He served as Prosecuting Attorney of the Scranton Mayor’s Court from 1872 to 1874.[6] He served in the Pennsylvania State Senate in 1875 and 1876.[7]

Later career[edit]

Stanton was elected as a Democrat to the 44th United States Congress, filling the vacancy caused by the resignation of Republican Winthrop W. Ketcham, appointed as a federal judge.[8] He served from December 4, 1876 to March 3, 1877. He did not stand as a candidate in 1876 for election to a full two-year term.[9]

In August 1877, Scranton erupted into a general strike, as mine workers and others joined railroad workers. Thousands of workers protested wage cuts. After three men were killed by a mayor-appointed group known as the Citizens' Corps, Patrick Mahon, alderman of the Sixth Ward, acted as county coroner to investigate the deaths, assisted by Stanton. Based on his coroner's jury, Mahon issued warrants for more than a dozen arrests.[10]

Stanton was later elected in late 1877 in a "wave of labor reform politics"[11] as the candidate of the Greenback-Labor Party for Judge of the Luzerne County Court of Common Pleas, defeating incumbent Judge Dana,[12] who was supported by Republicans and Democrats.[13]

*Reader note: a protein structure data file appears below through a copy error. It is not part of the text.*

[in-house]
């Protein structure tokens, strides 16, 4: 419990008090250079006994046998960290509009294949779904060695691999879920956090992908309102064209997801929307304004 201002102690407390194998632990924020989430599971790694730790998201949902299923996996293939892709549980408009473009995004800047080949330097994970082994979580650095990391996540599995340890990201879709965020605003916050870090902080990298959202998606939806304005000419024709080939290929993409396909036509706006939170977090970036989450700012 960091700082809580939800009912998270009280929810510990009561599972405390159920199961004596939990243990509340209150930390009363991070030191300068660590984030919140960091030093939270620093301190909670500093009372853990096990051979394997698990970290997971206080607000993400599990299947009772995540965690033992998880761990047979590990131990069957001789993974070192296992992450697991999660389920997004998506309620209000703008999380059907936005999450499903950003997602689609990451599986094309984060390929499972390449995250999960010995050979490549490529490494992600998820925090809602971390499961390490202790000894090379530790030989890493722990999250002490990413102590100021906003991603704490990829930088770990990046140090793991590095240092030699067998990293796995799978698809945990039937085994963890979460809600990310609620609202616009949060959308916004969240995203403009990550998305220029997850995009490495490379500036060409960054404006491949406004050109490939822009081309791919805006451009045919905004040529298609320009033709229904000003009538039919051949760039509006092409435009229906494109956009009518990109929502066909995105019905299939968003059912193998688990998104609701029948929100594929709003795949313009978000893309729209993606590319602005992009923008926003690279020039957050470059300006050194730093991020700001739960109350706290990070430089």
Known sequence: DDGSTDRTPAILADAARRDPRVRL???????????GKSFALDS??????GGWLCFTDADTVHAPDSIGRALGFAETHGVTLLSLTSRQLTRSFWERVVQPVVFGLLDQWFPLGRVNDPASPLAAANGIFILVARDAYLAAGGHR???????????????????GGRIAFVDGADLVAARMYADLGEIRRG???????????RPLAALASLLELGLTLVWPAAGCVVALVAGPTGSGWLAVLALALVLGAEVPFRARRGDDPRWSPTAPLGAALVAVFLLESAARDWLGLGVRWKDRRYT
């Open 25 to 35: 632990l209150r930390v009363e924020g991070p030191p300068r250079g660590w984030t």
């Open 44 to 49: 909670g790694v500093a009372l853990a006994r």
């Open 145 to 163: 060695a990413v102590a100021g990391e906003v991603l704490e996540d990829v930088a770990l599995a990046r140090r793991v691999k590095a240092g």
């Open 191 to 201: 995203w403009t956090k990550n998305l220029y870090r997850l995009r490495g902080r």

In April 1878 the legislature passed an act authorizing the creation of new counties if population reached 150,000 in an existing county. This applied only to Luzerne County, and Lackawanna County was approved for organization in August 1878 as the last county in the state.[12] The New York Times at the time described "excitement" in the lobbying around the formation of the new county, with a revisiting of issues related to the general strike in Scranton the previous year.[14]

As the new county had more than 40,000 inhabitants, it qualified to have be designated as a new judicial district. After maneuvering by the governor, Stanton and other judges were ordered by the state supreme court to assist in the organization of county courts in the new Lackawanna County in October 1878.[12][15] Stanton was reassigned as one of the judges for Lackawanna's County Court of Common Pleas, to be held at the county seat of Scranton.[12]